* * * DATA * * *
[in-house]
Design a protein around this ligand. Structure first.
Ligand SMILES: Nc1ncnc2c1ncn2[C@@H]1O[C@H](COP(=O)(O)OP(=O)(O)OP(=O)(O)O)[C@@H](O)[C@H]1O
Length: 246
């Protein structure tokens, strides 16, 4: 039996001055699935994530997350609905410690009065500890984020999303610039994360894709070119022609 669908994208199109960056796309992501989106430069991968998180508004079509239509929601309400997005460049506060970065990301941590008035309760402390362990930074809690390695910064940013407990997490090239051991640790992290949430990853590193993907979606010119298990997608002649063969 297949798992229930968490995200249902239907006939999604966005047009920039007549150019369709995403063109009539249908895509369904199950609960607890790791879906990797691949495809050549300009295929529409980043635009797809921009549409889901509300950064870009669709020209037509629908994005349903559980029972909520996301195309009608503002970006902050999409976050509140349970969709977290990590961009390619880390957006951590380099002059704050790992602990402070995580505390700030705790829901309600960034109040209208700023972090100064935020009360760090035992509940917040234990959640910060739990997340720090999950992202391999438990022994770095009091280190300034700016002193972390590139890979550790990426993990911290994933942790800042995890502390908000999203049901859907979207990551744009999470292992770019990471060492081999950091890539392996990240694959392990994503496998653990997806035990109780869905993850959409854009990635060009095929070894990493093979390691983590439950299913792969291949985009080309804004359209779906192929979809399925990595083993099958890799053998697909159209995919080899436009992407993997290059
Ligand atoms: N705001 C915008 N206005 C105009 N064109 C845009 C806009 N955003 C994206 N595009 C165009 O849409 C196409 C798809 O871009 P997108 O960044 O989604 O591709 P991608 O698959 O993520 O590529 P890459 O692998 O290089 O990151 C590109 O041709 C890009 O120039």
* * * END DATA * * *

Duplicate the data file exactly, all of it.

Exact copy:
[in-house]
Design a protein around this ligand. Structure first.
Ligand SMILES: Nc1ncnc2c1ncn2[C@@H]1O[C@H](COP(=O)(O)OP(=O)(O)OP(=O)(O)O)[C@@H](O)[C@H]1O
Length: 246
């Protein structure tokens, strides 16, 4: 039996001055699935994530997350609905410690009065500890984020999303610039994360894709070119022609 669908994208199109960056796309992501989106430069991968998180508004079509239509929601309400997005460049506060970065990301941590008035309760402390362990930074809690390695910064940013407990997490090239051991640790992290949430990853590193993907979606010119298990997608002649063969 297949798992229930968490995200249902239907006939999604966005047009920039007549150019369709995403063109009539249908895509369904199950609960607890790791879906990797691949495809050549300009295929529409980043635009797809921009549409889901509300950064870009669709020209037509629908994005349903559980029972909520996301195309009608503002970006902050999409976050509140349970969709977290990590961009390619880390957006951590380099002059704050790992602990402070995580505390700030705790829901309600960034109040209208700023972090100064935020009360760090035992509940917040234990959640910060739990997340720090999950992202391999438990022994770095009091280190300034700016002193972390590139890979550790990426993990911290994933942790800042995890502390908000999203049901859907979207990551744009999470292992770019990471060492081999950091890539392996990240694959392990994503496998653990997806035990109780869905993850959409854009990635060009095929070894990493093979390691983590439950299913792969291949985009080309804004359209779906192929979809399925990595083993099958890799053998697909159209995919080899436009992407993997290059
Ligand atoms: N705001 C915008 N206005 C105009 N064109 C845009 C806009 N955003 C994206 N595009 C165009 O849409 C196409 C798809 O871009 P997108 O960044 O989604 O591709 P991608 O698959 O993520 O590529 P890459 O692998 O290089 O990151 C590109 O041709 C890009 O120039």